“Every time I imagine a garden in an architectural setting, it turns into a magical place. I think of gardens I have seen, that I believe I have seen, that I long to see, surrounded by simple walls, columns, arcades or the facades of buildings – sheltered places of great intimacy where I want to stay for a long time.” ~ Peter Zumthor
The first time I explored the Botanic Gardens it was before I was living in the city. When an hour train ride was nothing to scoff at and I had no qualms going to Brooklyn.
Now I know better. Kidding. Kind of. I still don’t have the time to take an hour train ride to Brooklyn and it has been a couple years since I last sojourned there. Which is why when my Gemini Twin visited me I knew it was the perfect autumn activity.
My friend and I are two peas in a pod. We never run out of conversation, so an hour train ride goes by quickly, as we gabbed away. Before we knew it, we had arrived at the Franklin Avenue Station and casually strolled the five minute walk to the gardens which is next to the Brooklyn Museum as well as borders Prospect Park and where you can buy a day pass for both the gardens and museum.
The day had already started off promising with breakfast at my favorite french restaurant Maison Kayser. It became even more so, when the clerk asked both my friend and I if we were students. I said that yes I was, but I had forgotten my ID. It didn’t matter! She gave me the discount anyway. Score! Even dressed in leather and lace I still had the baby face. At my age I will definitely take it!
The last time I had explored the gardens, it had been with the balmy rays of summer kissing my skin. On this occasion, it was with the trappings of fall whispering softly in my ears, with wind swept hair and bouts of chilliness that would turn warm at the turn of the sun. The weather teased of autumn and was the perfect day to welcome in and stroll amongst the nature.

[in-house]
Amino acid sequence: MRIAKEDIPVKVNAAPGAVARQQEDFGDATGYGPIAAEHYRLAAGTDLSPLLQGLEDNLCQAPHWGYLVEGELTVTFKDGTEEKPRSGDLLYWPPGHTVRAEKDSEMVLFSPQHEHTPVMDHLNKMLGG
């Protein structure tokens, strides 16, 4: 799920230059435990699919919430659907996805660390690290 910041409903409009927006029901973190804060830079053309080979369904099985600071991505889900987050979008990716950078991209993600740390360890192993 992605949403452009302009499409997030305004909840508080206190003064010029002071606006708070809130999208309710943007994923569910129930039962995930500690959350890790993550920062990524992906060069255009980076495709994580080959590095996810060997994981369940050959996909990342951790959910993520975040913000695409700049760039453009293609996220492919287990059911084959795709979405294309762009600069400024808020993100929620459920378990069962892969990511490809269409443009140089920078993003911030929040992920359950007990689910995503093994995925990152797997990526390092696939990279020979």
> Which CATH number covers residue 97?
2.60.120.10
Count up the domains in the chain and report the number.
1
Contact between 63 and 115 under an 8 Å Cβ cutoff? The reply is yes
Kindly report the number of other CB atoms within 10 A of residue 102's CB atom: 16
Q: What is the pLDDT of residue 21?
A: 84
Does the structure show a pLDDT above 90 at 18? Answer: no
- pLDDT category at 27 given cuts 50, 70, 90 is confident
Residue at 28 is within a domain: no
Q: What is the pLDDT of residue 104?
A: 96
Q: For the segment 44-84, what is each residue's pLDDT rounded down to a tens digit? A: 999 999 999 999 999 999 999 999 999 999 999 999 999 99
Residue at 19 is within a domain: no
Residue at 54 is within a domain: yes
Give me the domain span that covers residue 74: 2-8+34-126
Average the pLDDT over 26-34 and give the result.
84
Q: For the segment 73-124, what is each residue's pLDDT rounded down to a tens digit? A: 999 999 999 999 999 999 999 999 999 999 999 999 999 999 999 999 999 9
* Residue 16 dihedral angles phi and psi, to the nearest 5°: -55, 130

The amazing thing about the Botanic Gardens is that there is something for everyone. You do not have to be a flower, nature enthusiast or even a conservationist to appreciate the fifty-two acres of grounds. From the Shakespeare garden which does in fact fit its name, to the Japanese gardens, pond, and pagoda. To the various fountains, statues, grassy fields, and buildings scattered about with exquisite architecture you truly can spend hours there if not days.
It certainly won’t fit in one blog post! And I fear my Instagram will be taken up with pictures for months!
The Botanic Gardens are incredibly diverse, always changing with the seasons. With each chosen path you take, you are walking into a new world of flowery designs and imagined settings and with every trip, there is a new magical place to discover. For me it was the orchards that transported me back to Versailles. Countless people were reading and lounging about. My friend and I had a blast taking an array of pictures and just admiring the shadows dance amongst the trees and grass.
With autumn in the air, the Shakespeare Gardens seemed to come alive with expertly trimmed shrubbery, and vibrant colors interspersed with statues and benches to sit and admire. My imagination began to drift to Elizabethan times and I longed to don a corset and silk.
Another favorite was the rose gardens which seemed an endless smorgasbord of flowers. For honesties sake, I admit I am not a huge fan of roses. Perhaps because it is what every guy gives a girl, or the fact I would get them when an ex had screwed up, except for rarer colors including the fabled black rose, I could take or leave this flower.
All this said, the Rose Gardens were truly spectacular. Despite it being the off season for these romantic blossoms, the creative way they were laid out, interspersed with delicate trellises, going on and on for what felt like miles, it really was a different world, and emphasized how quickly the Botanic Gardens could transport you to different horticultural worlds.
For this country girl who grew up in the White Mountains it really is like coming home. It is a piece of calm in a city that is known for its craziness. A mixture of horticultural paradise amongst concrete. I can not wait to go back! And while it is open year round, I just might have to wait for the cherry blossoms in spring to truly enjoy it.
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